My Conure Laid Eggs

by Nicole
(Anchorage, AK )

Hello, My conure laid eggs, I am unsure exactly when but we noticed the first one on Christmas Eve, and within a few days there were three total. Her and the male have taken turns sitting on them and the female is now bald on her belly due to plucking her feathers for the nest.

At this point I don't know what to do. What do I do if they hatch, am I suppose to do the feeding and all that fun stuff. Please advise me when I should take the eggs out if they don't hatch. And what do I do with three baby conures if they do hatch. I'm confused. HELP!

Thanks, Nicole

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Dec 30, 2009
My Conure Laid Eggs
by: Linda

Well, when you put a male and female together who were breeding age, this is what happens. You need to study and learn all the facts about breeding the birds including how to hand-feed the babies if necessary.

The parents usually do a good job of feeding, but sometimes the smaller baby or babies will need some supplementary feeding until they are same size as the two older ones. The older babies will shove the smaller ones out of the way and take all the food, so the smaller ones have to be hand-fed to keep them up with the larger ones. Eggs are laid every other day, and the babies hatch out the same way every other day, so your first one will be bigger than the other two, and the last one will be the smallest of all.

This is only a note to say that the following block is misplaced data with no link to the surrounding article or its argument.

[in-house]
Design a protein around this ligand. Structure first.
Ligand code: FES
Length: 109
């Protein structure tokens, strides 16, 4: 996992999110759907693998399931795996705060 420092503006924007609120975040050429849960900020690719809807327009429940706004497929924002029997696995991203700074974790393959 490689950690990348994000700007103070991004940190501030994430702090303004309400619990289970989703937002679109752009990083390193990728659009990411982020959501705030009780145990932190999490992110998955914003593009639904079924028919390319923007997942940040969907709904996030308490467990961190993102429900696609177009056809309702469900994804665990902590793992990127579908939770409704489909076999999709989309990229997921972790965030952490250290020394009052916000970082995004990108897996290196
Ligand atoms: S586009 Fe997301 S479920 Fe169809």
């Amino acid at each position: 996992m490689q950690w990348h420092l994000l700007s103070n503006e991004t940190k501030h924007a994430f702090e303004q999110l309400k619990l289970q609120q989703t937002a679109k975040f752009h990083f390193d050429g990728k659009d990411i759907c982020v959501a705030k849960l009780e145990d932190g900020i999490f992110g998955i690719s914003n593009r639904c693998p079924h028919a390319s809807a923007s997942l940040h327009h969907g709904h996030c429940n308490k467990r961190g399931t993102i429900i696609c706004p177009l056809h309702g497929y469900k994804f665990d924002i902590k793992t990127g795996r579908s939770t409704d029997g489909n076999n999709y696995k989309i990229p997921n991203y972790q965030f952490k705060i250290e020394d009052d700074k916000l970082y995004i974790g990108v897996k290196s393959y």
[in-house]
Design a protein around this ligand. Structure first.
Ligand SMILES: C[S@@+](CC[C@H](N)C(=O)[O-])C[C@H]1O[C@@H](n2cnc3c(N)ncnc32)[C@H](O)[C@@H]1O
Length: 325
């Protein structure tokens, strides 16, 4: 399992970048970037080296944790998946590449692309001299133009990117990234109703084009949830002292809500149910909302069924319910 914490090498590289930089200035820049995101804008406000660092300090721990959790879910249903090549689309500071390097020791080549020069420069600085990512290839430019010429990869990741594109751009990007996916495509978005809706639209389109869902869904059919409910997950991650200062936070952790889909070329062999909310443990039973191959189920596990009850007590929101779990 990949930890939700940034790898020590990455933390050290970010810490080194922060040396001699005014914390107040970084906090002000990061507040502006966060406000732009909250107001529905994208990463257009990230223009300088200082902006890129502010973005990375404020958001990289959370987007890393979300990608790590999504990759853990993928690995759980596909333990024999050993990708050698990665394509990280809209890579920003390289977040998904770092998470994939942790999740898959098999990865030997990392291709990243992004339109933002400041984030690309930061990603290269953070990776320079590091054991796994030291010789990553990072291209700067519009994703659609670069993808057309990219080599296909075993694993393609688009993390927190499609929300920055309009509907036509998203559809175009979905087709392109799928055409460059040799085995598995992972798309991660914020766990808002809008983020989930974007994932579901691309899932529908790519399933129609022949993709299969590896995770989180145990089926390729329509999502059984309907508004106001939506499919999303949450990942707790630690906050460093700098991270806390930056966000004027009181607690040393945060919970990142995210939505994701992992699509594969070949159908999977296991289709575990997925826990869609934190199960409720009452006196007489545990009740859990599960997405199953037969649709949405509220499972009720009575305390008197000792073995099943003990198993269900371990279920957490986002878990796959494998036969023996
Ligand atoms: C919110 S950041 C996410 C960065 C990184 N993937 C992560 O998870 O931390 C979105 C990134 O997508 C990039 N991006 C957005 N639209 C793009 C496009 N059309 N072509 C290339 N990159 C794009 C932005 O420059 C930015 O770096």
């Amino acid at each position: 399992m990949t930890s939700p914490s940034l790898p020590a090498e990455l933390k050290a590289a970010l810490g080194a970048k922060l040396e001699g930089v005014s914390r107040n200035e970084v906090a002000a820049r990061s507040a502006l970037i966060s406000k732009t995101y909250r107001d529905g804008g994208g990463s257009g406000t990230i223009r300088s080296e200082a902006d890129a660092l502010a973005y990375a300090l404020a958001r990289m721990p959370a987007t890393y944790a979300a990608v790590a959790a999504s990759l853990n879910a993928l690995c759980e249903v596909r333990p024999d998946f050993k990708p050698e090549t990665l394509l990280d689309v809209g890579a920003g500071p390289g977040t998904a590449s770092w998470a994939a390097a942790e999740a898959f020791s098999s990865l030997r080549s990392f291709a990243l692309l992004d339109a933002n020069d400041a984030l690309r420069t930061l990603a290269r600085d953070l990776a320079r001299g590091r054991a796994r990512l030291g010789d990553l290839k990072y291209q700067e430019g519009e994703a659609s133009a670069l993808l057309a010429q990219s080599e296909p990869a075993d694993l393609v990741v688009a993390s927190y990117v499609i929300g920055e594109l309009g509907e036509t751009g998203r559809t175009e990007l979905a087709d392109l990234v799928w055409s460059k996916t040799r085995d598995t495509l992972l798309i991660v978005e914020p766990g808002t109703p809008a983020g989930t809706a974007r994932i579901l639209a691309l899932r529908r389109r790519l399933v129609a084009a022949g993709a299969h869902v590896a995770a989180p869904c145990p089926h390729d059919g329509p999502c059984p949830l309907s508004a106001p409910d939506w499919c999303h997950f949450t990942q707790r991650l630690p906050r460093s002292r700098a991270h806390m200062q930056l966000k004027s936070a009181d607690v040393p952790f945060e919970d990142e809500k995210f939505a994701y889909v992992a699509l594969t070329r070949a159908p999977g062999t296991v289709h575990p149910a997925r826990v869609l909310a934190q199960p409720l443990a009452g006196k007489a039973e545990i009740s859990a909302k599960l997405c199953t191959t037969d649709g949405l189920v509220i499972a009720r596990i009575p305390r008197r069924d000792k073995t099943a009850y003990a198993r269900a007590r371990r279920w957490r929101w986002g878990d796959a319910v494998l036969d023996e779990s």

So, it usually takes around 25-28 days for eggs to hatch if they are fertile. Your birds need to be in a nest box which is hung on outside of cage with the front opening on the inside. The babies will be very cold if this has happened on the floor of the cage not to mention the filth. The babies will need to be seen by an Avian Vet as soon as is possible as well as the parents.

Bacterial infections are common, and when one has an infection, they all do. Babies will die from the infections if not treated. You can find the handfeeding formula for baby parrots on this site, and you'll need to learn how to do it correctly or risk aspirating the babies. I suggest you talk with some breeders in your area and let them show you how to do it. Your Avian vet may also be a good idea to show you how and give you the right size syringes.

After this, I suggest that you separate these birds into two cages until you have done your homework on what they need.If eggs don't hatch, throw them away and keep birds away from each other until you learn how to do this. It is not easy to breed birds and is more expensive than most people realize.

There are some books here and many other resources on the internet. You need to know about proper diet, how to set up a cage with natural branch wood perches, and a lot of information on breeding and setting up a breeding cage with a nestbox. Most of this will be basic information we have to learn before we even bring birds home. Birds are not toys, and they are not something that can be thrown in the trash if everything does not work out. They are sensitive, sentient beings who require wholesome food, large caging and trips to Avian Vets at least once a year.

Linda

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